Mark Monaghan coached Jordan on the DeSoto Central High School baseball team in Southaven, Mississippi. Monaghan said he was disappointed he didn’t get to coach Jordan in his senior season, but he understood Jordan’s decision to leave early. Monaghan met Jordan in the fall of 2016, when as an eighth grader Jordan made the DeSoto varsity team. He already had bat speed and hands more advanced than any player Monaghan had seen at that age.


When Jordan was 13, he hit 500-foot home runs at a power showcase. When he was in high school, he committed to play at Mississippi State. At 15, he was profiled by Bleacher Report, who referred to Jordan as a baseball phenom.

As he advanced through high school, Jordan learned to be patient at the plate. Pitchers had seen those videos of his mammoth home runs and were not about to challenge him. But high school pitchers will make mistakes, and Jordan had to seize those opportunities.

“They tried to get Blaze to get himself out and chase pitches. He learned discipline. He learned to take the walks and not get flustered. Impose his will and let the game come to him,” Monaghan said.

The patience learned as a teenage is serving Jordan well now as he adjusts to facing more talented pitchers in Double-A.

“It’s definitely a big jump from High-A, I would say. But it’s the same game. I think I’ve made the adjustments, especially from the first couple weeks I was up here. They don’t really miss in the heart of the zone much. So I’m just waiting for the right pitch to hit, something I can really drive,” Jordan said. “The biggest thing for me is, I try to be the best overall hitter I can be. I don’t worry too much about my power. I know it will come. Really, just getting a pitch I can drive and I feel like I’ve done a better job of that, being aggressive, especially over the last two weeks. Laying off the stuff on the corners. That’s when I was getting myself out sometimes.”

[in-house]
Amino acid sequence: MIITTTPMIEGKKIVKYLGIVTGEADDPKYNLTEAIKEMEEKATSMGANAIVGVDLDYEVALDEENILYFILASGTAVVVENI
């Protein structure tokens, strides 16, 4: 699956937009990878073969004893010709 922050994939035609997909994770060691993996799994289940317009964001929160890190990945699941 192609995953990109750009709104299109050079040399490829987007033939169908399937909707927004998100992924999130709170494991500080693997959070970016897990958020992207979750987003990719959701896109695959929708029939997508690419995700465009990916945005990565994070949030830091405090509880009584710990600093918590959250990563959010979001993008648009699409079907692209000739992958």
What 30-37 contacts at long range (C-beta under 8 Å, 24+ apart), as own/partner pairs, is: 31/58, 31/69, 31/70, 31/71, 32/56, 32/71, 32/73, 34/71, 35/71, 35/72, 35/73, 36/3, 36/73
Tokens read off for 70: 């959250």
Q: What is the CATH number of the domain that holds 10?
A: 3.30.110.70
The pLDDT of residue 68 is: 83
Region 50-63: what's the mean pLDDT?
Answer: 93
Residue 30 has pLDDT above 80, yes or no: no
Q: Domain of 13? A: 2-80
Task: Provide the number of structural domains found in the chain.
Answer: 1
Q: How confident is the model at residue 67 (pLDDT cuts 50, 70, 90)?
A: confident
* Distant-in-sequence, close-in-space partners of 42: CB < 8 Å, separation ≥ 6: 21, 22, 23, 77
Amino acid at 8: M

Entering Saturday night’s game, Jordan had a hit in seven of his last 10 games, driving in 12 runs in the process. A key to Jordan’s development in Greenville was improving his strikeout rate. Last season, which he spent mostly at low-Class A Salem before a late-season promotion to Greenville, Jordan struck out in 20% of his at-bats. He lowered that number to just over 16% this season at Greenville. So far with the Sea Dogs, Jordan has struck out in just 13% of his at-bats.


“I don’t think the kid has chased outside the strike zone. He’s on the fastball. He’s on the offspeed, and he’s able to lay off pitches that aren’t strikes. It’s not like he’s getting hits every time, but his swing decisions are good,” Epperson said.

In his first 23 games with Portland, Jordan had 11 starts at first base, 10 at third, and two as the designated hitter. The plan is for him to continue playing both corners, Abraham said.

“Anywhere that gets me in the lineup,” Jordan said when asked if he has a preference in the field. “I’m comfortable at both.”

Along with the videos of young Blaze blasting bombs in home run derbies, there are YouTube highlights of present-day Jordan crushing the ball in Greenville earlier this season. Jordan doesn’t shy away from his internet sensation past, but he knows it won’t mean anything if he doesn’t continue improving. Jordan doesn’t want to be the kid who peaked at 11. He wants you to be watching videos of him hitting the ball out of Fenway Park.